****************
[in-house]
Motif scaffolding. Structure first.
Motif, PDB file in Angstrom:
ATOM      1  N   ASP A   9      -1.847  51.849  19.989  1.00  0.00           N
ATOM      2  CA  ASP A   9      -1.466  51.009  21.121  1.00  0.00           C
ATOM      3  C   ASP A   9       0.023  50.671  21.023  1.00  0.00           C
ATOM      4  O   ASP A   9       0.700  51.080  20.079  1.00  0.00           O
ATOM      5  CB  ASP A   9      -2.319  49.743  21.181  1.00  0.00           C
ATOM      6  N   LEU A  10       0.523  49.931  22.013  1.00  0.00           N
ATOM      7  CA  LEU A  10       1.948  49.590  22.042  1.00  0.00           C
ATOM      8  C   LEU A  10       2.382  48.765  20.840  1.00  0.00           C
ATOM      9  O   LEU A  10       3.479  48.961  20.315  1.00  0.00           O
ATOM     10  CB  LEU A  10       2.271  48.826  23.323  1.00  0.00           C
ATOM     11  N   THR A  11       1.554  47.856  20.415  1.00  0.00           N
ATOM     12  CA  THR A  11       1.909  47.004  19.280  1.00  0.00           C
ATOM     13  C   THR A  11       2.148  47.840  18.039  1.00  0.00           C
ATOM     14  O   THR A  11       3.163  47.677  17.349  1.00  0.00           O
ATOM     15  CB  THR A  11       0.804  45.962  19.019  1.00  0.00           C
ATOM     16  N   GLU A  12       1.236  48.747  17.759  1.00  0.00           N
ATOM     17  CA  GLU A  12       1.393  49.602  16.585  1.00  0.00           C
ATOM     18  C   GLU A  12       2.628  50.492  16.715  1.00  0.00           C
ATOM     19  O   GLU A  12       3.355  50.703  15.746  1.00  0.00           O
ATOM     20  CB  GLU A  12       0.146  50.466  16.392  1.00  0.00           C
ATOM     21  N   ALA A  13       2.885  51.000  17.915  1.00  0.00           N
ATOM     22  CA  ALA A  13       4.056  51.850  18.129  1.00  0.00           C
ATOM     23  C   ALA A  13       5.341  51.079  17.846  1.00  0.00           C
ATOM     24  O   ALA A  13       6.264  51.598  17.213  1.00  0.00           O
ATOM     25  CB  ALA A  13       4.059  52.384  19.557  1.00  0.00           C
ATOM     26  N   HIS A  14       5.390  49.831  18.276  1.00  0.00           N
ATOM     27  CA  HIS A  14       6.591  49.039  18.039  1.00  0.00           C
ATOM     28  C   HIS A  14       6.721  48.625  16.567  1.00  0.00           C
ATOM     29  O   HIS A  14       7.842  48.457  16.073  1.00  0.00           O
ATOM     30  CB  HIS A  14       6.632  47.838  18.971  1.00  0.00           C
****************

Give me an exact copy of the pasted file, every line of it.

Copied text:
[in-house]
Motif scaffolding. Structure first.
Motif, PDB file in Angstrom:
ATOM      1  N   ASP A   9      -1.847  51.849  19.989  1.00  0.00           N
ATOM      2  CA  ASP A   9      -1.466  51.009  21.121  1.00  0.00           C
ATOM      3  C   ASP A   9       0.023  50.671  21.023  1.00  0.00           C
ATOM      4  O   ASP A   9       0.700  51.080  20.079  1.00  0.00           O
ATOM      5  CB  ASP A   9      -2.319  49.743  21.181  1.00  0.00           C
ATOM      6  N   LEU A  10       0.523  49.931  22.013  1.00  0.00           N
ATOM      7  CA  LEU A  10       1.948  49.590  22.042  1.00  0.00           C
ATOM      8  C   LEU A  10       2.382  48.765  20.840  1.00  0.00           C
ATOM      9  O   LEU A  10       3.479  48.961  20.315  1.00  0.00           O
ATOM     10  CB  LEU A  10       2.271  48.826  23.323  1.00  0.00           C
ATOM     11  N   THR A  11       1.554  47.856  20.415  1.00  0.00           N
ATOM     12  CA  THR A  11       1.909  47.004  19.280  1.00  0.00           C
ATOM     13  C   THR A  11       2.148  47.840  18.039  1.00  0.00           C
ATOM     14  O   THR A  11       3.163  47.677  17.349  1.00  0.00           O
ATOM     15  CB  THR A  11       0.804  45.962  19.019  1.00  0.00           C
ATOM     16  N   GLU A  12       1.236  48.747  17.759  1.00  0.00           N
ATOM     17  CA  GLU A  12       1.393  49.602  16.585  1.00  0.00           C
ATOM     18  C   GLU A  12       2.628  50.492  16.715  1.00  0.00           C
ATOM     19  O   GLU A  12       3.355  50.703  15.746  1.00  0.00           O
ATOM     20  CB  GLU A  12       0.146  50.466  16.392  1.00  0.00           C
ATOM     21  N   ALA A  13       2.885  51.000  17.915  1.00  0.00           N
ATOM     22  CA  ALA A  13       4.056  51.850  18.129  1.00  0.00           C
ATOM     23  C   ALA A  13       5.341  51.079  17.846  1.00  0.00           C
ATOM     24  O   ALA A  13       6.264  51.598  17.213  1.00  0.00           O
ATOM     25  CB  ALA A  13       4.059  52.384  19.557  1.00  0.00           C
ATOM     26  N   HIS A  14       5.390  49.831  18.276  1.00  0.00           N
ATOM     27  CA  HIS A  14       6.591  49.039  18.039  1.00  0.00           C
ATOM     28  C   HIS A  14       6.721  48.625  16.567  1.00  0.00           C
ATOM     29  O   HIS A  14       7.842  48.457  16.073  1.00  0.00           O
ATOM     30  CB  HIS A  14       6.632  47.838  18.971  1.00  0.00           C